Job Series: Photo editor at Guardian UK shares her story
September 14, 2011
Nicky Rojas was always interested in photography. When she was a child, her father had a darkroom in the basement of their home for developing pictures. Before digital photography, photographic film had to be developed in the dark, as light exposure would ruin it. The process of seeing pictures develop from a black sheet to an image amazed young Rojas.
“I loved watching the images appear, the shapes form and darken. It was a magical experience,” Rojas recollects.
Photography as a career never occurred to her until college. In 2002, she entered a photo contest through the Observer, a subsidiary of The Guardian. Her portfolio was well received and she was invited to a private exhibition of the winning work, where she met an Art Director from The Guardian who offered her a work experience position–essentially an internship.
“I worked on and off for about a year taking photo’s, researching and scanning images for articles before I had networked with other people from the Guardian who would take me on for work experience,” Rojas said.
She worked on the paper’s weekend magazine for a short stint before a vacancy came up. She gathered her portfolio together and applied. She was just what the paper was looking for. Rojas equates this all good fortune to being at the right place at the right time.
“I’m extremely lucky. Photography is a very competitive field, it helps to network and know the right people, and take advantage of every opportunity you can.”
Rojas has worked in many different sections, from travel to weekend magazine, to her current position as a photo editor for g2, a Monday through Friday arts and entertainment supplement.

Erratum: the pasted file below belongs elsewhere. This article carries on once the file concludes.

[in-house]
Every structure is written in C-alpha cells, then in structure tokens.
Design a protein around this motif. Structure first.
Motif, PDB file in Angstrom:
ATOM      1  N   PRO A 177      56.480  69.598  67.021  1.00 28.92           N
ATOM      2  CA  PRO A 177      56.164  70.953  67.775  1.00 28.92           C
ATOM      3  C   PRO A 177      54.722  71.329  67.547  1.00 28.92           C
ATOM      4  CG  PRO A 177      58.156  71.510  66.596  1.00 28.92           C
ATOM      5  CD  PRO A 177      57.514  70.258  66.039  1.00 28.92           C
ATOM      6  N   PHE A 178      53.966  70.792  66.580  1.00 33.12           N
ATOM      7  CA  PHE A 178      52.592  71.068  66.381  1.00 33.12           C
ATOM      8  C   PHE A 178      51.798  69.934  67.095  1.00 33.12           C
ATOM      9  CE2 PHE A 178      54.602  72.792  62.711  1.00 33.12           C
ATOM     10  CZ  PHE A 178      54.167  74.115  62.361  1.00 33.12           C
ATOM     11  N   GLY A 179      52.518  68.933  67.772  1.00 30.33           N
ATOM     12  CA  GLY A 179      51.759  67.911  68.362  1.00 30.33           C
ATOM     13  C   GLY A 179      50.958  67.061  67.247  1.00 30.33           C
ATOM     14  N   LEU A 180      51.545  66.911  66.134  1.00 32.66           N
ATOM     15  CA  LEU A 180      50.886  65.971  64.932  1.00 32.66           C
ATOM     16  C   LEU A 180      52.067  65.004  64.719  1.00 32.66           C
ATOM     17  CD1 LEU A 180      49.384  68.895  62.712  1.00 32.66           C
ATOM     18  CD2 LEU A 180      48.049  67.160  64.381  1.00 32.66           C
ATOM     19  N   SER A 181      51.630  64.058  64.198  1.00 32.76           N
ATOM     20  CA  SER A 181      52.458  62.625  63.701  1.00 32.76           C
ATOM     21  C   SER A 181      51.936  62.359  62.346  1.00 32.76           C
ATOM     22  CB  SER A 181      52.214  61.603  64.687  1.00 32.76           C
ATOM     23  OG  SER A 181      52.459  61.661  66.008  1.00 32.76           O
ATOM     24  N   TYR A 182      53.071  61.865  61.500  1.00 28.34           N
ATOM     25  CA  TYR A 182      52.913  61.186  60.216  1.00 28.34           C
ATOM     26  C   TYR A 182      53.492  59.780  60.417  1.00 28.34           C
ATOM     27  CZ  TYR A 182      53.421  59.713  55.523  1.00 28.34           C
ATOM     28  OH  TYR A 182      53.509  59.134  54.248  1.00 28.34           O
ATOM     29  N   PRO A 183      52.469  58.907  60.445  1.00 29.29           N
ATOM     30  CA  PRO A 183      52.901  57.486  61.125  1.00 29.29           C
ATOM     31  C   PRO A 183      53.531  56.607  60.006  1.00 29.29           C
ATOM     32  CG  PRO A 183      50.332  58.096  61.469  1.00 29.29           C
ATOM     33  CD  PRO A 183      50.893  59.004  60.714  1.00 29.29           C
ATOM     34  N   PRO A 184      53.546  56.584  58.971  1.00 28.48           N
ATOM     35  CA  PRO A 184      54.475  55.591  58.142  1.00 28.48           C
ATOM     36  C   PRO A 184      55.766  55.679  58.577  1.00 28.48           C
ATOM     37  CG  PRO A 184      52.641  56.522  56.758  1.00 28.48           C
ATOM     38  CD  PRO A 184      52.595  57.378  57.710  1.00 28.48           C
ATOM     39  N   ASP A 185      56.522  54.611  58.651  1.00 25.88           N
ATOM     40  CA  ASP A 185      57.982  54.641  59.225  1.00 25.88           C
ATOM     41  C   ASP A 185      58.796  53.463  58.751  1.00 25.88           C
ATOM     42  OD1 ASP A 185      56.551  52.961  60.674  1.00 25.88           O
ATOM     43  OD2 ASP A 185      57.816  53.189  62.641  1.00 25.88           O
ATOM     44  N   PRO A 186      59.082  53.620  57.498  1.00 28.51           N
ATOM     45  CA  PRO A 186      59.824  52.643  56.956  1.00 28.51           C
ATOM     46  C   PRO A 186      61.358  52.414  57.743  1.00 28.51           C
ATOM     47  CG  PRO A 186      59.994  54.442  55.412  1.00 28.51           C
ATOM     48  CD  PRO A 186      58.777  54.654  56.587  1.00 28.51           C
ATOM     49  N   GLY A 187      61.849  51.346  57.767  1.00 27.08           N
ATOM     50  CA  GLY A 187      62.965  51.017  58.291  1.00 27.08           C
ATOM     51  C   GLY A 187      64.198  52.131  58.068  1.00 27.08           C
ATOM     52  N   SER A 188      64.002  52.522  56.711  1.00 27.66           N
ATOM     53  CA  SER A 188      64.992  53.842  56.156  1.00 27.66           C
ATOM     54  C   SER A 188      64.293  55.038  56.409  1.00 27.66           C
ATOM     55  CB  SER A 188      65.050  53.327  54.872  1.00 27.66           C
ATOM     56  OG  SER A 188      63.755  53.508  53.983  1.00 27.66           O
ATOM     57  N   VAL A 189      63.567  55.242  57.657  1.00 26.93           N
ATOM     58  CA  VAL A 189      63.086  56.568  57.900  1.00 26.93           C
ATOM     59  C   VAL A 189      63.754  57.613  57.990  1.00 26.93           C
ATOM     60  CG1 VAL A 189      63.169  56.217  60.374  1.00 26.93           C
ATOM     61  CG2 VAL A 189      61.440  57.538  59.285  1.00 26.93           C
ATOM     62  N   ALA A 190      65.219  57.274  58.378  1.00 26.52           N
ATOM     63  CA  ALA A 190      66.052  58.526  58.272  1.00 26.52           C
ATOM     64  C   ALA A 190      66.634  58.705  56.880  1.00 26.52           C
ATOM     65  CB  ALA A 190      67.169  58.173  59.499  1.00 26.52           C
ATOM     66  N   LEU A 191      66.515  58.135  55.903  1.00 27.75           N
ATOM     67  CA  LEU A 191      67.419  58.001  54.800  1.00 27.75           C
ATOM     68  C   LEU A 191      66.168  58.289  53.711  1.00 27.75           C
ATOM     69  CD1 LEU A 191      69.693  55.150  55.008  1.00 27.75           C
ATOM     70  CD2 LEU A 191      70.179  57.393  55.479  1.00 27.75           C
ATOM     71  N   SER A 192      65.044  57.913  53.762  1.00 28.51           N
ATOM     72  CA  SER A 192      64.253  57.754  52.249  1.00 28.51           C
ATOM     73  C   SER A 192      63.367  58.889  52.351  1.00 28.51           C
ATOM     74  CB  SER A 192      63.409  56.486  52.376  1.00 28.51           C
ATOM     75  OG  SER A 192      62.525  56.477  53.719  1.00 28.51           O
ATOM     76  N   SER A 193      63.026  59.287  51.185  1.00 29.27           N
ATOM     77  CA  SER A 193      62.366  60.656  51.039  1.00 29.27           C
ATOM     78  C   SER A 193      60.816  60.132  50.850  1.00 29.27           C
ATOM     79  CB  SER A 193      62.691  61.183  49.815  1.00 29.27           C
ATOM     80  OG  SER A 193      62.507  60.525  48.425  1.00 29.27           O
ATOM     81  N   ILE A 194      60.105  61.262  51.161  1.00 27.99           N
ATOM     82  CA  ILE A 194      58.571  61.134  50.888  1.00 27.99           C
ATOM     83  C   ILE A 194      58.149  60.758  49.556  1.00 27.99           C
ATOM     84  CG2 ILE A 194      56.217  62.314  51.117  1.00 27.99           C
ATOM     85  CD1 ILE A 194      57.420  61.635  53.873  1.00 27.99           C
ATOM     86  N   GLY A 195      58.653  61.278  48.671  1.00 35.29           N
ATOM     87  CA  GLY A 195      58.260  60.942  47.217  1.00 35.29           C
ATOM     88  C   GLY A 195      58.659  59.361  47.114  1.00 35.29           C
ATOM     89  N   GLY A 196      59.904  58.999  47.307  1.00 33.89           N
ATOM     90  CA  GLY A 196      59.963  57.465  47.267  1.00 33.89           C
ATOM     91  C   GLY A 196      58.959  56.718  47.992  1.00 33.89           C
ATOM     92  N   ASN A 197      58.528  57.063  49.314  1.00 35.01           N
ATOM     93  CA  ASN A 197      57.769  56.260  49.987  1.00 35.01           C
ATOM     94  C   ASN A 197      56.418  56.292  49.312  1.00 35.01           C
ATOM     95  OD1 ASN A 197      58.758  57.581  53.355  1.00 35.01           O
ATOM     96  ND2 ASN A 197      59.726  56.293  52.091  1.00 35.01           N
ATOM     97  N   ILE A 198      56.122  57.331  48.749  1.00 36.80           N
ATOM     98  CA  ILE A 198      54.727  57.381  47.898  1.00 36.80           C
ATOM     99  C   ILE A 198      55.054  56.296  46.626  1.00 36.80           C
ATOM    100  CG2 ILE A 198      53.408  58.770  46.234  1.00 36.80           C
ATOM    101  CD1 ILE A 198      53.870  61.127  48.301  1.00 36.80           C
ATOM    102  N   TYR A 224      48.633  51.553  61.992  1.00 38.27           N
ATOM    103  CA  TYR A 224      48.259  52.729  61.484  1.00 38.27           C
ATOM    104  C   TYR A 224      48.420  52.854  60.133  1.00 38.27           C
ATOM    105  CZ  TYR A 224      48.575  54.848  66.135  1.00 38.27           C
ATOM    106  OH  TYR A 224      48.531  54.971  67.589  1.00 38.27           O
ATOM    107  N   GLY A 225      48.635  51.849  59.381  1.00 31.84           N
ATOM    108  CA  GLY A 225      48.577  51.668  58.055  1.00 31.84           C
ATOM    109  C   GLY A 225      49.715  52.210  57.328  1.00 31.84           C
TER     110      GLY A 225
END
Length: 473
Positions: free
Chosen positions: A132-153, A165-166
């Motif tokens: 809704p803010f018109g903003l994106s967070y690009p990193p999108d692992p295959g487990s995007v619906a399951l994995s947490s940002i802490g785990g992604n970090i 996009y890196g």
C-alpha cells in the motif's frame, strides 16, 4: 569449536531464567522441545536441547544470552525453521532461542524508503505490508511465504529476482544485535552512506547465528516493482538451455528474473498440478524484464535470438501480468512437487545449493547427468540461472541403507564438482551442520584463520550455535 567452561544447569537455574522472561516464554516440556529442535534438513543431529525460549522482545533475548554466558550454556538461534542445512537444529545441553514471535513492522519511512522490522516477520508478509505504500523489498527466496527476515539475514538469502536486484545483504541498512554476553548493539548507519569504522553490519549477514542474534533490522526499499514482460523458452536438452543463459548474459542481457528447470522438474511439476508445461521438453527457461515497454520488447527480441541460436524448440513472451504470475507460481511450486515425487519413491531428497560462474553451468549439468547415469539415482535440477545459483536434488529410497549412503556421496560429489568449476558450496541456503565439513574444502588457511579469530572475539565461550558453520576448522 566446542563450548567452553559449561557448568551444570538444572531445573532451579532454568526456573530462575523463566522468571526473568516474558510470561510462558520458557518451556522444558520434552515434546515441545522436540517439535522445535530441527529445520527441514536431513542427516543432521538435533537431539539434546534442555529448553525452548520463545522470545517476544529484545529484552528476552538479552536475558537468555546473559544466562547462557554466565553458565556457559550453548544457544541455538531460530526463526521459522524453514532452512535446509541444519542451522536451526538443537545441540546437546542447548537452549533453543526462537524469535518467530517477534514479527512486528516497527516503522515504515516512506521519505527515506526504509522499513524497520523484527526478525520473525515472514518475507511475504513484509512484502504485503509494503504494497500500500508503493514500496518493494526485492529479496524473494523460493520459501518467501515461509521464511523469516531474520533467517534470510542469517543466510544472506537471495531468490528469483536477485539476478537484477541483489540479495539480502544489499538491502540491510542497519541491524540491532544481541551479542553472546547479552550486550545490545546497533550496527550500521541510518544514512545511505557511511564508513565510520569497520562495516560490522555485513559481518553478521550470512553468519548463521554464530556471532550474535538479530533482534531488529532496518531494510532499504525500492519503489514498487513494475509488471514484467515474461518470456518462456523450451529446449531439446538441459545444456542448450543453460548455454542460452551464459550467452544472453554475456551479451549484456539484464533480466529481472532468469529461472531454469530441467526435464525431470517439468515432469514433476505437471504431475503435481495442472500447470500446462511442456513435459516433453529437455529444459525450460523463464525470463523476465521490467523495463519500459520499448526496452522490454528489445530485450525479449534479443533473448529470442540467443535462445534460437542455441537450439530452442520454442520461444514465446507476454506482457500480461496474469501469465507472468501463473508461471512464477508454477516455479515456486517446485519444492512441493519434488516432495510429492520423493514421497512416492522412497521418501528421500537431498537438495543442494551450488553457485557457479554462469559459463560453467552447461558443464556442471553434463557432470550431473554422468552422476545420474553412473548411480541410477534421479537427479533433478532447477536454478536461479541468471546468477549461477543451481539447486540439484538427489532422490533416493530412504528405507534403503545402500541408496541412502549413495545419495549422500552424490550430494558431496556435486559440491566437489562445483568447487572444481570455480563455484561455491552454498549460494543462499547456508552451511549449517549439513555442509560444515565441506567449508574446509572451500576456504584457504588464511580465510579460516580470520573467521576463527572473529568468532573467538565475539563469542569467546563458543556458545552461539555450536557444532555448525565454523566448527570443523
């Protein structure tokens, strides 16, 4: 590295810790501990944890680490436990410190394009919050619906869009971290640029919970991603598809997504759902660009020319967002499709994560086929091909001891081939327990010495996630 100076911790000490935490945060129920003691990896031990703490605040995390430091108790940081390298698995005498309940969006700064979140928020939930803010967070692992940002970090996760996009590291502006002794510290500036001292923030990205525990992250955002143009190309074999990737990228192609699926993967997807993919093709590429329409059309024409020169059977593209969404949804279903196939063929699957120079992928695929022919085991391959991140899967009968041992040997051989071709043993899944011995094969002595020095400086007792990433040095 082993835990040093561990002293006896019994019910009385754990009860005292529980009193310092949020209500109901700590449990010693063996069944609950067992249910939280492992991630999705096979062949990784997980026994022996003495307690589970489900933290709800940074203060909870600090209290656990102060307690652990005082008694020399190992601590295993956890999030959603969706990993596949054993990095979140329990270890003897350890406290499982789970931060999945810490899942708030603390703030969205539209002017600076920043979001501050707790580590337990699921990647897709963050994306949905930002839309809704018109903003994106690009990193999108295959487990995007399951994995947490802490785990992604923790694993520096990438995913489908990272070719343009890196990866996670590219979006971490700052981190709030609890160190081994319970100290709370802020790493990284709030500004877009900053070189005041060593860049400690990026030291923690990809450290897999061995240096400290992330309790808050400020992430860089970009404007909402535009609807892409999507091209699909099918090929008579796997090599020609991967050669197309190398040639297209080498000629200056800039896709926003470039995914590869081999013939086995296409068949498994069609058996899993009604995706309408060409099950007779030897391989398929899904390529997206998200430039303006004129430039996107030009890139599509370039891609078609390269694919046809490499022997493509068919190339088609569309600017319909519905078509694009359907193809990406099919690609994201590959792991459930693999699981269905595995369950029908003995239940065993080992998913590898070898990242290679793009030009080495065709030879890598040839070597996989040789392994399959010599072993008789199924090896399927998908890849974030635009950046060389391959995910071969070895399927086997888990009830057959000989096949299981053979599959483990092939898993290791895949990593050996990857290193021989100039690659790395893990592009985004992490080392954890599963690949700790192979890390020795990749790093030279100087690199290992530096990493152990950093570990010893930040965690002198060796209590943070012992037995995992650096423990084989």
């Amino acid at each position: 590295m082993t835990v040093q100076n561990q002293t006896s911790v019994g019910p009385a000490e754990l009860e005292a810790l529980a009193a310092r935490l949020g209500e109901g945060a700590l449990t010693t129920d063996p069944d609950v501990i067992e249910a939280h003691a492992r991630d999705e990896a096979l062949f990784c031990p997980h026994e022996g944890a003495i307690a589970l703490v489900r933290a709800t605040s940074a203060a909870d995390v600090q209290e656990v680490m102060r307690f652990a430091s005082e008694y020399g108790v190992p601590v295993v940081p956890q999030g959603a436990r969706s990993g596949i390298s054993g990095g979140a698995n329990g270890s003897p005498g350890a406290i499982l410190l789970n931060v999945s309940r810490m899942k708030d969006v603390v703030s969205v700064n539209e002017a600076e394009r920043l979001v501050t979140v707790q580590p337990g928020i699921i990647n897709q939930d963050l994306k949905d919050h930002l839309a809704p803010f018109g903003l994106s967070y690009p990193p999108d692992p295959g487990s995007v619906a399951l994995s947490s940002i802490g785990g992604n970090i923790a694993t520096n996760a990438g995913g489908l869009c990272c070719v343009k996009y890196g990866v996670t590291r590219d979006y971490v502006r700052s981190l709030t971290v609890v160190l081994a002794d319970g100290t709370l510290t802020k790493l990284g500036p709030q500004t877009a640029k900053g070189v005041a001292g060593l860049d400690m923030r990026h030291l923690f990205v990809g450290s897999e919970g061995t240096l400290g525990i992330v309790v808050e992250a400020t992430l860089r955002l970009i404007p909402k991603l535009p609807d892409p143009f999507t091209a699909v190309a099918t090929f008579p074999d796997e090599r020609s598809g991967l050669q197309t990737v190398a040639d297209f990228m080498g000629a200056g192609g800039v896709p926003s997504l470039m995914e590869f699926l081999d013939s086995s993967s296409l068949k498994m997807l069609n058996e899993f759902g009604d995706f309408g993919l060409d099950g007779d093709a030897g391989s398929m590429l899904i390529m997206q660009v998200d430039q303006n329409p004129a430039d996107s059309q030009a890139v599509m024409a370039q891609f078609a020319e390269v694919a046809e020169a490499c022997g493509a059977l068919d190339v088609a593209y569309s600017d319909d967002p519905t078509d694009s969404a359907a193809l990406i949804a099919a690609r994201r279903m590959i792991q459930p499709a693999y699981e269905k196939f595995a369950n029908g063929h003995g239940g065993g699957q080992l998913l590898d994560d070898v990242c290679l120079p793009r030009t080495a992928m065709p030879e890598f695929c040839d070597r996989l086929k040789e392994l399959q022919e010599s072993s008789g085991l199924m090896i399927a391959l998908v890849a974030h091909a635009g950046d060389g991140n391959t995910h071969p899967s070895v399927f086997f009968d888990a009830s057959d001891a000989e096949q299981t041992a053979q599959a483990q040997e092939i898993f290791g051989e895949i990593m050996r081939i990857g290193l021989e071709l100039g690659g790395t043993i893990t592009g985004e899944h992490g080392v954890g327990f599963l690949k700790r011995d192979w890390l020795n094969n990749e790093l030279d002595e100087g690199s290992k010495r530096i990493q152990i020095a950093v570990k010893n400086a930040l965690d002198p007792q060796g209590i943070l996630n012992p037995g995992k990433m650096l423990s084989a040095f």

With The Guardian being one of the largest daily papers in the world, read by thousands of people, every minute of every day counts. Mornings at the Guardian start off with section editor meetings. Rojas then meets with the page editors for whatever section she is currently in. Right now, she is in g2, a daily supplement to the paper. As a photo editor, her job ranges from sorting through AP and Reuters wire photos, looking for the picture that best fits the situation, to setting up photo shoots with celebrities.
“Setting up a shoot will usually involve liaising with the Celebrity’s PR, arranging a suitable time and location and then booking a photographer,” Rojas explained.
Journalism is a very fast paced business, especially when something big is happening in the world. Both writers and photographers feel the heat.
“The Royal wedding was most stressful as you’re practically racing against other newspaper websites and news sources to get the best pictures out there as soon as possible,” Rojas said.
But that is part of the fun with this job. She loves how there is something new every day at The Guardian.
“It really is a an amazing job,” Rojas said.